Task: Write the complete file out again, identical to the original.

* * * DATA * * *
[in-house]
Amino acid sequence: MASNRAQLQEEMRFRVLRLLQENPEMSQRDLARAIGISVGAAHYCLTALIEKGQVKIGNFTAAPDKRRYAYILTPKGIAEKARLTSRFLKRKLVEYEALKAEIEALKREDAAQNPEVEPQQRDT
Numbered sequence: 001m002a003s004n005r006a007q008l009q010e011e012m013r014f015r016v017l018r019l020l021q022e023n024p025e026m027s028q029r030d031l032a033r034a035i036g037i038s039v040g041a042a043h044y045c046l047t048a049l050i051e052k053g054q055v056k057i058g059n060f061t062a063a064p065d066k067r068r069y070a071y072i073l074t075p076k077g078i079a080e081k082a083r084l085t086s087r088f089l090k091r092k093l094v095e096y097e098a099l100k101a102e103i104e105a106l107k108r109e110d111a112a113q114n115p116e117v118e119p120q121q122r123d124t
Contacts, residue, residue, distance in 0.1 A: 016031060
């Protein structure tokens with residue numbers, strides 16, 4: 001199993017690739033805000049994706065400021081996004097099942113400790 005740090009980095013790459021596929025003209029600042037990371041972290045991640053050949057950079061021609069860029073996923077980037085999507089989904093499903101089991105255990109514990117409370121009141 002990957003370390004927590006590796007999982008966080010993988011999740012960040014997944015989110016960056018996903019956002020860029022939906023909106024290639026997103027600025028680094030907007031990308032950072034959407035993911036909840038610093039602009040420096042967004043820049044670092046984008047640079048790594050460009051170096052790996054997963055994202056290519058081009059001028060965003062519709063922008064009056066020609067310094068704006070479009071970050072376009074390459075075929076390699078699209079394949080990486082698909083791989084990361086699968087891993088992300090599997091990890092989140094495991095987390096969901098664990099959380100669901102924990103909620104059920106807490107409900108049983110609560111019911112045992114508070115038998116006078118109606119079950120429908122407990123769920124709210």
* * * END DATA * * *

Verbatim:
[in-house]
Amino acid sequence: MASNRAQLQEEMRFRVLRLLQENPEMSQRDLARAIGISVGAAHYCLTALIEKGQVKIGNFTAAPDKRRYAYILTPKGIAEKARLTSRFLKRKLVEYEALKAEIEALKREDAAQNPEVEPQQRDT
Numbered sequence: 001m002a003s004n005r006a007q008l009q010e011e012m013r014f015r016v017l018r019l020l021q022e023n024p025e026m027s028q029r030d031l032a033r034a035i036g037i038s039v040g041a042a043h044y045c046l047t048a049l050i051e052k053g054q055v056k057i058g059n060f061t062a063a064p065d066k067r068r069y070a071y072i073l074t075p076k077g078i079a080e081k082a083r084l085t086s087r088f089l090k091r092k093l094v095e096y097e098a099l100k101a102e103i104e105a106l107k108r109e110d111a112a113q114n115p116e117v118e119p120q121q122r123d124t
Contacts, residue, residue, distance in 0.1 A: 016031060
């Protein structure tokens with residue numbers, strides 16, 4: 001199993017690739033805000049994706065400021081996004097099942113400790 005740090009980095013790459021596929025003209029600042037990371041972290045991640053050949057950079061021609069860029073996923077980037085999507089989904093499903101089991105255990109514990117409370121009141 002990957003370390004927590006590796007999982008966080010993988011999740012960040014997944015989110016960056018996903019956002020860029022939906023909106024290639026997103027600025028680094030907007031990308032950072034959407035993911036909840038610093039602009040420096042967004043820049044670092046984008047640079048790594050460009051170096052790996054997963055994202056290519058081009059001028060965003062519709063922008064009056066020609067310094068704006070479009071970050072376009074390459075075929076390699078699209079394949080990486082698909083791989084990361086699968087891993088992300090599997091990890092989140094495991095987390096969901098664990099959380100669901102924990103909620104059920106807490107409900108049983110609560111019911112045992114508070115038998116006078118109606119079950120429908122407990123769920124709210």